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James W. Nelson

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Member Since: Sep, 2011

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Quirks / Eclats - photography & texts by Albert Russo
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Books by
James W. Nelson

Daughters, Book 3, The Lure of Pornography

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The Bellwether

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The Light at the End of the Tunnel

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Boat Sailors

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Winter in July

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A Collection of Short Contemporary Stories

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Blogs by James W. Nelson

Room for all (Not quite) Part 2
10/30/2011 7:21:32 AM
The Plains Pocket Gopher (Glaucomys sabrinus) is a member of the Squirrel family and part of the giant order of Rodents. With about 260 species they range in size from 7-13 inches including the tail.

As I said before, when I first moved out here to the edge of civilization, I wanted to live and let live, and I do still believe that way, but it hasn’t quite worked that way.

First I had to block the deer from eating my trees. Each tree needed its own fence. My god what a job that has been.

Today I will talk about gophers, specifically, the pocket gopher. This is one tough little critter, and one heck of a worker. I didn’t mind the countless mounds of dirt, seemingly everywhere. I was going to live and let live, right? Right.

You remember the old Bugs Bunny cartoons and his endless raids into Elmer Fudd’s garden. You remember how Bugs, underground, of course, would go right down a row of carrots, pulling them right down into his burrow? Didn’t even have to put himself in danger by going above ground, right? Right.

Something similar began to happen to my trees, especially the evergreens. I’d start noticing a color change from green to grayish, but would think little about it, as I had no idea what was happening. Finally the color would have changed so radically that I checked a little closer, and tugged on the small tree, which yet hadn’t reached even eighteen inches—up it came! Absolutely no root left, and it was surrounded by pocket gopher mounds! Well, evidently the gopher had eaten the root. Lost a few trees like that.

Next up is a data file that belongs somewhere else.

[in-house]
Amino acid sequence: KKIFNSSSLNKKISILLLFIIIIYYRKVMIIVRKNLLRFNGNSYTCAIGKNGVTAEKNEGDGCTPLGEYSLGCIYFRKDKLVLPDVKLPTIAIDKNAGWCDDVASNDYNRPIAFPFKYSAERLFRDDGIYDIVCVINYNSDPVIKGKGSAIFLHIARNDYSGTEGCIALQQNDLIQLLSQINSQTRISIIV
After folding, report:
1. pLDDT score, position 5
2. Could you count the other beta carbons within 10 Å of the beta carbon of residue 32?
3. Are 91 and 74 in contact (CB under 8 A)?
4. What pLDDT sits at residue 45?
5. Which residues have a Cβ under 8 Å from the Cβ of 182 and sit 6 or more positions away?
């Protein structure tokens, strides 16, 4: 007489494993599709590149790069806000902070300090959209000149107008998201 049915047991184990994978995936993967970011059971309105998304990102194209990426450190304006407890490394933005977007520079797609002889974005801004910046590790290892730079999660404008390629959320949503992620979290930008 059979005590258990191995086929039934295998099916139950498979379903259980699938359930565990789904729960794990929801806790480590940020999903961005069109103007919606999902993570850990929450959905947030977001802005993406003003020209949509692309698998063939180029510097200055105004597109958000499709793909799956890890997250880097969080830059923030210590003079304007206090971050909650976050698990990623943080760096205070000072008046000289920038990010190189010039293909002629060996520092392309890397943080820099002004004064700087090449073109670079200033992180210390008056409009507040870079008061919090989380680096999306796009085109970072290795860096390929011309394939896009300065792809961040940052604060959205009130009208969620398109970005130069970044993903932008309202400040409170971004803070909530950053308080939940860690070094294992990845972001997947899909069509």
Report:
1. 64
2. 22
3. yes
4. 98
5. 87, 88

Pocket gophers are built for living mostly underground. They have claws, well, how do it describe them? The middle claw is longest, about one inch, and reminiscent of your middle finger. And they have teeth—you guessed it: Two large front incisors just like our old pal Bugs Bunny. With claws and teeth like those you don’t want to let it get a hold of you.

Anyway, these little fellow don’t spend much time above ground, only if they want to travel overland to new territory…but why on earth would they want to leave me? So, I had no choice but to trap them, and not with a Havahart trap just to release them somewhere else. No, there was only one answer for these guys: A trap called the “Death-Clutch.”

Except I didn’t have any. I had them back on the farm fifty years ago, where us local kids trapped those gophers for a $0.25 bounty, but those traps all went somewhere by the wayside. Strange how all things one once had will disappear, but that subject is for another blog posting.

But Henry Field Seed & Nursery had them. I ordered four, and for the rest of that summer and the next I took over one hundred pocket gophers off my seven acres. It was kind of fun actually. I would go out in the morning before work, set them (and they can snap your fingers if you aren’t careful) and then after work I would check them, remove the catches, find a fresh mound and reset for the next day.

I’ve been saying “mounds” without explaining what I mean. It would be a mound of dirt, thrown out of the hole from the endless tunneling. I’ve seen them at work at a still-open hole. They bring up an armful of dirt and push it out, and so grows the mound, from about a gallon in size to several gallons.

When trapping I would scrape the mound flat. There’s always/usually a slight depression where the actual hole is. That I would dig out and place the trap in. But sometimes that gopher would plug the hole so well that I could not find it. So I’d have to go to the next mound, or start looking for another series of mounds. I’ve seen up to a dozen mounds from just one gopher.

The thing that was fun was the hiking and seeing nature. I didn’t like dispatching the little critters, and sometimes that old “Death-Clutch” did not finish them, or they would be caught just by the foot, and I would pull them out of the hole and they would come out fighting mad. Oh, yes, as I said, they were tough little critters, and then I would have to dispatch them with a club. And I’m sorry about that. I would always stand for a few seconds in silence, for taking the life of another living thing.

My trees, though, are now safe, at least from the deer and pocket gophers. But there’s still possible drought, hell-bending wind, insects, disease, but I guess that’s what life is about: A never-ending battle.


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More Blogs by James W. Nelson
• My Free Reads at Amazon: The Facts - Wednesday, December 21, 2011
• My Free Reads at Amazon - Saturday, December 10, 2011
•  Room for all (Not quite) Part 2 - Sunday, October 30, 2011  
• A Gaggle of Geese - Saturday, October 22, 2011
• Room for all? Not quite Part 1 The Deer - Sunday, October 16, 2011
• My days on the eastern edge of eastern North Dakota's Outback - Friday, October 14, 2011

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